My parents, products of the flight from turn-of-the-century eastern European pogroms, brought up their children to believe that the world was a dark place for Jews, where antisemitism was a permanent condition; trust no-one but your own kind, there is no safety outside of the embrace of your own community. Zionism is the future: Israel is more than a bolthole, it is a land of suntans, oranges and freedom. We derided this ghetto mentality and came of age in the radicalism of the sixties and seventies—campus politics, anti-war demonstrations, feminism, gay rights, Rock against Racism, anti-apartheid: the values of the secular Enlightenment expressed in a lapel full of badges. We were daughters of the revolution escaping from our parents’ mind-ghettos into the fresh air of secular reason and radical change. But family is family, it turns out. You’d be hard pressed to find a Jew in Britain who doesn’t have relatives in Israel.
After the massacre and hostage-taking on the kibbutzim of southern Israel and the horror that befell the kids partying at a weekend rave, I messaged my cousin in Kfar Saba, a town near Tel Aviv. She met and married an Iraqi-born Israeli lawyer while at university in England; they have a son called up for reserve duty. Her husband wrote back, “The grief here is unbearable. The compassion towards the victims and their families is overwhelming. So we are fighting. Again. With our sons and daughters. Not because there is any hope for this godforsaken land, but only since violence is the only language spoken here.”
Since the massacre, my nephew, a survivor of the 2015 Paris terrorist attacks, has been standing outside his London synagogue in a high-vis jacket on security duty, protecting his seven-year-old daughter who is inside attending cheder, Jewish Sunday school, where she is learning a Hebrew song whose words translate as “The whole world is a narrow bridge, but don’t be afraid.” Another cousin rang me from her home in France profonde asking if I was safe in London, and did I need a bolthole in the French countryside? I laughed. A couple of days later a mob stormed Dagestan airport in search of Jewish passengers.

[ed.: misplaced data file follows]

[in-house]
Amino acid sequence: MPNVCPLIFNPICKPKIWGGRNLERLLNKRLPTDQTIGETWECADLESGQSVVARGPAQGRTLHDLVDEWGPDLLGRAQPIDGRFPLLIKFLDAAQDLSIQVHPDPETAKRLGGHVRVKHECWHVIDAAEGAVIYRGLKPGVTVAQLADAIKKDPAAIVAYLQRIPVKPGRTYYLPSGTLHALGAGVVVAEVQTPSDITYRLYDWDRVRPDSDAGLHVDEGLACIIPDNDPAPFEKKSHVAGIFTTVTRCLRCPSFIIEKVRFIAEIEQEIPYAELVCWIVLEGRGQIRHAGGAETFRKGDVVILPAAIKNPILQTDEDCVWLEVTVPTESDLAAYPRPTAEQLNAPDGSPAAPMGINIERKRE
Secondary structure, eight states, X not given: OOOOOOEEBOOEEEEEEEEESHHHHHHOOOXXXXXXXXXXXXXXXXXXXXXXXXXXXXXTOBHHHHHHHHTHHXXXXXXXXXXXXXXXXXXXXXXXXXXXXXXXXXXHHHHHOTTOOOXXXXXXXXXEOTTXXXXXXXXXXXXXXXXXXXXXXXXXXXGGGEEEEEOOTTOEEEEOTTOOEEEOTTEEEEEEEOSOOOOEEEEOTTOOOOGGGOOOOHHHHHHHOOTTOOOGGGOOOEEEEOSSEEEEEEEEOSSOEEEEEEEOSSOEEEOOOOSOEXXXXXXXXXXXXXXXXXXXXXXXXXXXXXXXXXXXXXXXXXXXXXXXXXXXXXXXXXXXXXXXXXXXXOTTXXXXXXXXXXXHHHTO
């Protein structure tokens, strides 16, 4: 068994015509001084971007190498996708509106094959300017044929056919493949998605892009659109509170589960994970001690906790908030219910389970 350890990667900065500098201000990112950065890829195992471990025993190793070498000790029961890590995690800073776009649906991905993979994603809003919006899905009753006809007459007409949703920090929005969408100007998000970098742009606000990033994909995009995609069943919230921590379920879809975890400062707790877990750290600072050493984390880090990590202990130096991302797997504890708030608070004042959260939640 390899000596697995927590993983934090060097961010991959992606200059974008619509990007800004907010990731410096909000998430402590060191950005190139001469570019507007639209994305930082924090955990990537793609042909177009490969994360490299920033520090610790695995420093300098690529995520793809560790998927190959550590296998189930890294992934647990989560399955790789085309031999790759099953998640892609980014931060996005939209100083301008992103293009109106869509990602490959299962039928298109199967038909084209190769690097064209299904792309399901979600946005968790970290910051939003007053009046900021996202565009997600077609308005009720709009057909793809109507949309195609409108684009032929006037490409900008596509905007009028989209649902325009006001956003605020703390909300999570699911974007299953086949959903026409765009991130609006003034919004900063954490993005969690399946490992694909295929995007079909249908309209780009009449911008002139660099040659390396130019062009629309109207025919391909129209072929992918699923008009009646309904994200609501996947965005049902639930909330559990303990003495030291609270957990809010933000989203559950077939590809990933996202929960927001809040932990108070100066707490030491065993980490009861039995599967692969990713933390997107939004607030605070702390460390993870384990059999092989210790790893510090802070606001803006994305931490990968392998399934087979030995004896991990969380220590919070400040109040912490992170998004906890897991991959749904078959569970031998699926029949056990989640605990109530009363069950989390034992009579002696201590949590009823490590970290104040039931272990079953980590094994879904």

Two sickening feelings. The horror of the atrocity in Israel, and the response of the far-right Netanyahu coalition to cut off life support to Gaza, food, water, power, a terrible vengeance and almost certainly a war crime, some say amounting to genocide. Faced with the collective rage of the Israeli population, to save his own skin politically Netanyahu vowed to destroy Hamas. The Jewish community in the diaspora is not cut from one piece of cloth; it includes religious fundamentalists and anti-Zionists described to me once as “Jews who are Jewish only for the purpose of signing petitions against Israel.” In the muddle of the middle are many British Jews who wouldn’t cast a vote for Netanyahu, even if they were eligible to do so. How do you eradicate an organisation embedded in a civilian population without enormous loss of innocent life? And who is going to be asked to carry out this act of vengeance? My cousin’s reservist son.